Trying to be all things to every client may result in being few things to none.
Last week, I wrote in Why Value is not a Virus that I thought corporate legal work would diverge into lower-end, more commodity-like work and higher-end, larger risk/reward work. Both would be priced accordingly. There were some great responses, that I note in an update at the end.
Three observations follow for me:
1. Any size firm can work profitably in either market.
2. Since costs are crucial (particularly at the low end), few firms will be able to properly bundle lower- and higher-value work.
3. All firms will have to be experts in managing projects, collaboration and using technology and newer service providers.
So when I try to step away from the legal reading, something seems to pull me back in. This time, it’s an article by James Surowiecki in the New Yorker. He focuses on companies like Apple and Acer that price products either at the premium end or the low end:
These two strategies may look completely different, but they have one crucial thing in common: they donâ€™t target the amorphous blob of consumers who make up the middle of the market. Paradoxically, ignoring these people has turned out to be a great way of getting lots of customers, because, in many businesses, high- and low-end producers are taking more and more of the market.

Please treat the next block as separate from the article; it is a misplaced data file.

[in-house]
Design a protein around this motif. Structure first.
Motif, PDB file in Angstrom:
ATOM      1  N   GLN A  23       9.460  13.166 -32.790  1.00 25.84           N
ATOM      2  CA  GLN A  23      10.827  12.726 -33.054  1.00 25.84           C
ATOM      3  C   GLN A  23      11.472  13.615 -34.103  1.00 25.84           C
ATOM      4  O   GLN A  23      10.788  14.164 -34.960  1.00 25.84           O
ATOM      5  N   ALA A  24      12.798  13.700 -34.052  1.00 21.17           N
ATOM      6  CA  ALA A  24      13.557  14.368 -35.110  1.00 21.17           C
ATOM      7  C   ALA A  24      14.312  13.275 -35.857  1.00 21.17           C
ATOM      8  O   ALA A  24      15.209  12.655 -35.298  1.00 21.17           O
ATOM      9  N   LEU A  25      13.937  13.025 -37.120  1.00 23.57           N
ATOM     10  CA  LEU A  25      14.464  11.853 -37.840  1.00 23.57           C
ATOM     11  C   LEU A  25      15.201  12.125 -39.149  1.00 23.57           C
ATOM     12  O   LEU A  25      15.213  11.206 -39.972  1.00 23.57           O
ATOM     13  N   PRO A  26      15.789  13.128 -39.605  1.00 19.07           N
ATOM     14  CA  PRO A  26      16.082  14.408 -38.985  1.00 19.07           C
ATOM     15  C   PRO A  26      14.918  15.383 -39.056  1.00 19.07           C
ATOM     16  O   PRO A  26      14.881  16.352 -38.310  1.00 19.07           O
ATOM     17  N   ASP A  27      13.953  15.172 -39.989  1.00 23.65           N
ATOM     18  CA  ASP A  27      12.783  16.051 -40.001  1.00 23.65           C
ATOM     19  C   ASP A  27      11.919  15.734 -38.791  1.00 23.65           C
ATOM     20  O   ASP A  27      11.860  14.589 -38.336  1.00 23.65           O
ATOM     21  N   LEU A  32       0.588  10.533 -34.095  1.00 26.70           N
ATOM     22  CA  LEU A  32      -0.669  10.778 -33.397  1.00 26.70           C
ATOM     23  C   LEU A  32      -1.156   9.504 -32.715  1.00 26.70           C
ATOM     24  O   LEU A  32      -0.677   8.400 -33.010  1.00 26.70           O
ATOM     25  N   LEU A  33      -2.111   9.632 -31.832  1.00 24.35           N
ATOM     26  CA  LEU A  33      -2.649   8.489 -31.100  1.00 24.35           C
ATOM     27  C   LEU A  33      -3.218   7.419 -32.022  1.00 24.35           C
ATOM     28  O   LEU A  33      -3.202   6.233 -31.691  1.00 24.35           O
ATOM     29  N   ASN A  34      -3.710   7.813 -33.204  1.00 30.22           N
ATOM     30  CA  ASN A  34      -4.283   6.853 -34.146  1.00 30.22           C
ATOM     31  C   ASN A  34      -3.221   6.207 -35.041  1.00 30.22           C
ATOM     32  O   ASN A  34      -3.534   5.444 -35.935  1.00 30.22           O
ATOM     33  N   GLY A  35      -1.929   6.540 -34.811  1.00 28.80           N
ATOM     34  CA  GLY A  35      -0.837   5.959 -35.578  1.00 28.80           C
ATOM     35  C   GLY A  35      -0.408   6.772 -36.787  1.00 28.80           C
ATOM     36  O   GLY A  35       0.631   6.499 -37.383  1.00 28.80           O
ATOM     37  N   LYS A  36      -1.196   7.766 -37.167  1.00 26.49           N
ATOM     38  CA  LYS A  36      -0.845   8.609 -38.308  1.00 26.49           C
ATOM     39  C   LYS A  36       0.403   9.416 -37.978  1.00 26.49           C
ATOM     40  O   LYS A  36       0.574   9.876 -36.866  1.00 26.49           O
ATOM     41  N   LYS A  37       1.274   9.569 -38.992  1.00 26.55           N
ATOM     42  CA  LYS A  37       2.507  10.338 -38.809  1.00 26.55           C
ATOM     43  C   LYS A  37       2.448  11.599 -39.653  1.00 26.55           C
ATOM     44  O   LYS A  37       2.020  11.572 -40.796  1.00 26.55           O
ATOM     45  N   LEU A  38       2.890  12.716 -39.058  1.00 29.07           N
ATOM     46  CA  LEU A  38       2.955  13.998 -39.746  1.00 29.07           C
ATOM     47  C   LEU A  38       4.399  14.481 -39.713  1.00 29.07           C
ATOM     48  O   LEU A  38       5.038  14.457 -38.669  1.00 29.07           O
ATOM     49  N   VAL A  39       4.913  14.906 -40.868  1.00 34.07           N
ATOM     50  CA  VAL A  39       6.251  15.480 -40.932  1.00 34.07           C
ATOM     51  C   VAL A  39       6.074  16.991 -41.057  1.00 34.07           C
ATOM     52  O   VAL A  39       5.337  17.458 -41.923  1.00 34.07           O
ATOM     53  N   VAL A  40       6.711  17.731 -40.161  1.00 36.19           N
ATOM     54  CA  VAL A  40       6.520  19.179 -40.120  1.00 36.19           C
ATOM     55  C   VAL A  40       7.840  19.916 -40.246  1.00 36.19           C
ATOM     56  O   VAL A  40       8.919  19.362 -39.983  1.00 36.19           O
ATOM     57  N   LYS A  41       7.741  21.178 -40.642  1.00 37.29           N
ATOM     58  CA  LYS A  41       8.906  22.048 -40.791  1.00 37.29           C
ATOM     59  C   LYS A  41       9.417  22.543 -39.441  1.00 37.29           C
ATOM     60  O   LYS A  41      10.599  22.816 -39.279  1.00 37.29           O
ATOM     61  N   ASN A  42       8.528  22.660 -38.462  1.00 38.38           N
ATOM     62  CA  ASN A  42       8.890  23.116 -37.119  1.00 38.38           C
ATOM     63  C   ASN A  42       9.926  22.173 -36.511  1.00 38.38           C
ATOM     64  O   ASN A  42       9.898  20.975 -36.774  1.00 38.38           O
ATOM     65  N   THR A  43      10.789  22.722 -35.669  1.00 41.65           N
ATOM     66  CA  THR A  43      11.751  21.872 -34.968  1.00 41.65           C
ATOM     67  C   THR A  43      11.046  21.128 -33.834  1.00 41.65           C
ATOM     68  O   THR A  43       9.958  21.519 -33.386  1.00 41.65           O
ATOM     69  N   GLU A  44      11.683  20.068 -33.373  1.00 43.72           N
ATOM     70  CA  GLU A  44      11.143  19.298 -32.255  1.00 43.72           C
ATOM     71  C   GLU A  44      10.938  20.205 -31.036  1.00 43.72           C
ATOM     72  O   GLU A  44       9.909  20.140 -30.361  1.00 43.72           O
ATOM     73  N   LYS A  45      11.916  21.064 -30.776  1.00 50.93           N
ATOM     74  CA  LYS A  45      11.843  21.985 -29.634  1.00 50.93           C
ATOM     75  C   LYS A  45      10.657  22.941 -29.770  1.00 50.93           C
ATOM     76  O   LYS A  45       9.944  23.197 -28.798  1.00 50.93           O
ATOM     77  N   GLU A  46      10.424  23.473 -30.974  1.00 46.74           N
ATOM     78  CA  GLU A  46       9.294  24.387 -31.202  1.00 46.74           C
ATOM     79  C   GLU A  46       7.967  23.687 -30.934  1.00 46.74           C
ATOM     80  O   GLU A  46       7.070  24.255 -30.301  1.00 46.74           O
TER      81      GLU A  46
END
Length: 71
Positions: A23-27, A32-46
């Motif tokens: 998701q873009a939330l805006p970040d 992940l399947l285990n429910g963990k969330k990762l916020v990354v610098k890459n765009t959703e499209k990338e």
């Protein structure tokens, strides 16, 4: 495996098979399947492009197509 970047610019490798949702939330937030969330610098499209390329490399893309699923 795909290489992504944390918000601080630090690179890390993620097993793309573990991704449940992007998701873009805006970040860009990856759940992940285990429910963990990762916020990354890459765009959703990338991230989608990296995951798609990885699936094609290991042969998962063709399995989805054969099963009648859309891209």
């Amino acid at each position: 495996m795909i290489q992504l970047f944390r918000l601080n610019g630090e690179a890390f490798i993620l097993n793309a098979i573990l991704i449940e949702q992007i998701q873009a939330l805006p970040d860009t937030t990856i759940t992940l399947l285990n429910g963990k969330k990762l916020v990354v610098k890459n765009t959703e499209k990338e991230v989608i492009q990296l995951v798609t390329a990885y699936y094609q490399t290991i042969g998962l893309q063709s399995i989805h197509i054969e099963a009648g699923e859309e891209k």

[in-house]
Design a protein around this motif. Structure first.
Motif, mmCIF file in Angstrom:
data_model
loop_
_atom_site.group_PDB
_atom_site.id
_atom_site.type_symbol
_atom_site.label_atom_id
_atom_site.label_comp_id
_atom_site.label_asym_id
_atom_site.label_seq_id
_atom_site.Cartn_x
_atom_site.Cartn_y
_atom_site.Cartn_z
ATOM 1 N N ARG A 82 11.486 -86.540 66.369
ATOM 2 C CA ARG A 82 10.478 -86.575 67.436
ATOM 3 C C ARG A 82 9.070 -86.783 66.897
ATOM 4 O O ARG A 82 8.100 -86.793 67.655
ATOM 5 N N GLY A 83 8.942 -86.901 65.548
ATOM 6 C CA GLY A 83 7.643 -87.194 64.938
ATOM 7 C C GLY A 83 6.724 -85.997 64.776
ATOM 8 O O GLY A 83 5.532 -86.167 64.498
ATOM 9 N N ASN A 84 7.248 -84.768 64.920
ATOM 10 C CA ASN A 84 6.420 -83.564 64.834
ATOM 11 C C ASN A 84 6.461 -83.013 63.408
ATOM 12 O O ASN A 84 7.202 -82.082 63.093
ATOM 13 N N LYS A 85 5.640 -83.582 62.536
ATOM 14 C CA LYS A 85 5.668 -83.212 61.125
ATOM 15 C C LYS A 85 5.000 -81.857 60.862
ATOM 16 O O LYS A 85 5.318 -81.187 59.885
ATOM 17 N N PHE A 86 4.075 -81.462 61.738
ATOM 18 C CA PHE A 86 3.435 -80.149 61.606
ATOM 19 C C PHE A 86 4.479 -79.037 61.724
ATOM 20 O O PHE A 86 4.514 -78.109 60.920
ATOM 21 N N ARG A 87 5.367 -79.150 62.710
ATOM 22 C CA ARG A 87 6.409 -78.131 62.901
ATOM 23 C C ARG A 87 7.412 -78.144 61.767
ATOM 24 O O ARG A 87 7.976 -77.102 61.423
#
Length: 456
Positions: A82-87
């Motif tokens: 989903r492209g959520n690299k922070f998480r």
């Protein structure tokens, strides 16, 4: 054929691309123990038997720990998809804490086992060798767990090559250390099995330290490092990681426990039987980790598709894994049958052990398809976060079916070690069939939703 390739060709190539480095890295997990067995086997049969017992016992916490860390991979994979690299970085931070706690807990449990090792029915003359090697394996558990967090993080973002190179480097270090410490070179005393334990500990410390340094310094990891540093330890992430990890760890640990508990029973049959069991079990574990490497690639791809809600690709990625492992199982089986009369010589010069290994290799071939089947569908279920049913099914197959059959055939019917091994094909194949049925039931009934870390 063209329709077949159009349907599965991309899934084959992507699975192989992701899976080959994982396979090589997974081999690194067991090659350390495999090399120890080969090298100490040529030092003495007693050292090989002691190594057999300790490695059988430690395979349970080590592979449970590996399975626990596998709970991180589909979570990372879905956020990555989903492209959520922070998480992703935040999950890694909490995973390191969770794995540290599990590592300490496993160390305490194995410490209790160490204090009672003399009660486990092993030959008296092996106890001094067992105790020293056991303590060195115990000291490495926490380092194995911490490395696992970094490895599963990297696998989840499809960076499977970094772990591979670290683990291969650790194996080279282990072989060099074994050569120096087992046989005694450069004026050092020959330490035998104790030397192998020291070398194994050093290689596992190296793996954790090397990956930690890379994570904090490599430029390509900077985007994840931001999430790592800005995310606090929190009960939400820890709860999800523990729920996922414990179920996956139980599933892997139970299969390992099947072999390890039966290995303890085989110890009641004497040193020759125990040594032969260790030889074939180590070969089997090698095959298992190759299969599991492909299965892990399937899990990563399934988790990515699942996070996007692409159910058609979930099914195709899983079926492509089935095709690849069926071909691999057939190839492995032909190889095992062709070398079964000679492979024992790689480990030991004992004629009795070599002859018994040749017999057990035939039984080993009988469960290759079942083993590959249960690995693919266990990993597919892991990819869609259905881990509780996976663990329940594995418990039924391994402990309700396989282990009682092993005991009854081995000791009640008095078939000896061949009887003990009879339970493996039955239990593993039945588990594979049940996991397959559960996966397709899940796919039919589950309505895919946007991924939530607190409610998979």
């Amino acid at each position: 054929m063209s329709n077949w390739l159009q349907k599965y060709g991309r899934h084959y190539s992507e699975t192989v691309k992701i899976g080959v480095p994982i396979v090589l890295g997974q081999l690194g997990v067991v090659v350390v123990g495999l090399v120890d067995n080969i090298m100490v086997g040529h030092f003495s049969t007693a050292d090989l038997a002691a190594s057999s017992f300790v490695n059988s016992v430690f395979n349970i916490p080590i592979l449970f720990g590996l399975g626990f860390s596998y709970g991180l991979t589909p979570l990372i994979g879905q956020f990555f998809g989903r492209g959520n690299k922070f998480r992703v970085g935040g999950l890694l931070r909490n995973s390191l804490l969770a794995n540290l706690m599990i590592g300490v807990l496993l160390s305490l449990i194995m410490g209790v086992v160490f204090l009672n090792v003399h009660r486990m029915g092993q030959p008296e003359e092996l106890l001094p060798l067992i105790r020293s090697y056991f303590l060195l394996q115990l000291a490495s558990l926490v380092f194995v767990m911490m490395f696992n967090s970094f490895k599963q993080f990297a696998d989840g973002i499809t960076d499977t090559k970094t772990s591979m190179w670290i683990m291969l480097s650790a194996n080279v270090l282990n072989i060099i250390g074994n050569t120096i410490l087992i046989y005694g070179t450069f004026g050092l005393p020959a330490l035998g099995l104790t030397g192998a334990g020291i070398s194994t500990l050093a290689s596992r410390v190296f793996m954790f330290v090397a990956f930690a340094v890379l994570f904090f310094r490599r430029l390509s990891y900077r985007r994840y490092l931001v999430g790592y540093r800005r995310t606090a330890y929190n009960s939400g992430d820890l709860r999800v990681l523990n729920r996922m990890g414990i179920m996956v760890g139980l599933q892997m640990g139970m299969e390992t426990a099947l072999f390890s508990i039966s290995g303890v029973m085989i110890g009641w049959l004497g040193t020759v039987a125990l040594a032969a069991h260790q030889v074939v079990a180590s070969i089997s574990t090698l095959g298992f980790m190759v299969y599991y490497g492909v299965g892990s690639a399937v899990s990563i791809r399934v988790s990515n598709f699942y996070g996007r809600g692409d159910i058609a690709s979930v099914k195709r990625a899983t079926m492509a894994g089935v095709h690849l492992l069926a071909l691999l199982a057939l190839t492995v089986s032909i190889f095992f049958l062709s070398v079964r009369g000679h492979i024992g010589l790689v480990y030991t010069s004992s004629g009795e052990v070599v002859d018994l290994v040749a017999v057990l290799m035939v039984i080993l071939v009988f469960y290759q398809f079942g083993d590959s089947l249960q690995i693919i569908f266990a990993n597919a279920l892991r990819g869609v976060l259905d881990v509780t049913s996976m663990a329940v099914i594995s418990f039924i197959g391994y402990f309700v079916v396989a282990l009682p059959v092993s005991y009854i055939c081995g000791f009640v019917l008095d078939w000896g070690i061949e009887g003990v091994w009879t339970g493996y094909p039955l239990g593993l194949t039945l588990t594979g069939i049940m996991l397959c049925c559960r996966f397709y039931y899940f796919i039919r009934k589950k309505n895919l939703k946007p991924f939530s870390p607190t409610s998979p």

For my argument, “middle market” doesn’t mean the size of the client. It means the approach toward the market. Then Mr. Surowiecki brings up what is really different now:
The boom in information for consumers has also severely weakened middle-market firms. In the past, these companies were able to charge a premium price because their brands were taken as signals of reasonable quality and reliability.
For some law firms without a focused strategy, the middle market may become the muddle market.
This is why things like the ACC Value Challenge and other legal rating or cost/service information is so important. It is why the state of the economy is not what is driving change. As researchers like to say, it is a correlation but not the cause. The cause is the global competition that clients are facing. This cause was there before the downturn, it is here now, and it will accelerate change even faster when economic activity rebounds.
Since so much is happening right now, and much of it doesn’t fit in this space, I set up lawriver late last year. It’s just a simple site that’s easy to check from your desktop or mobile.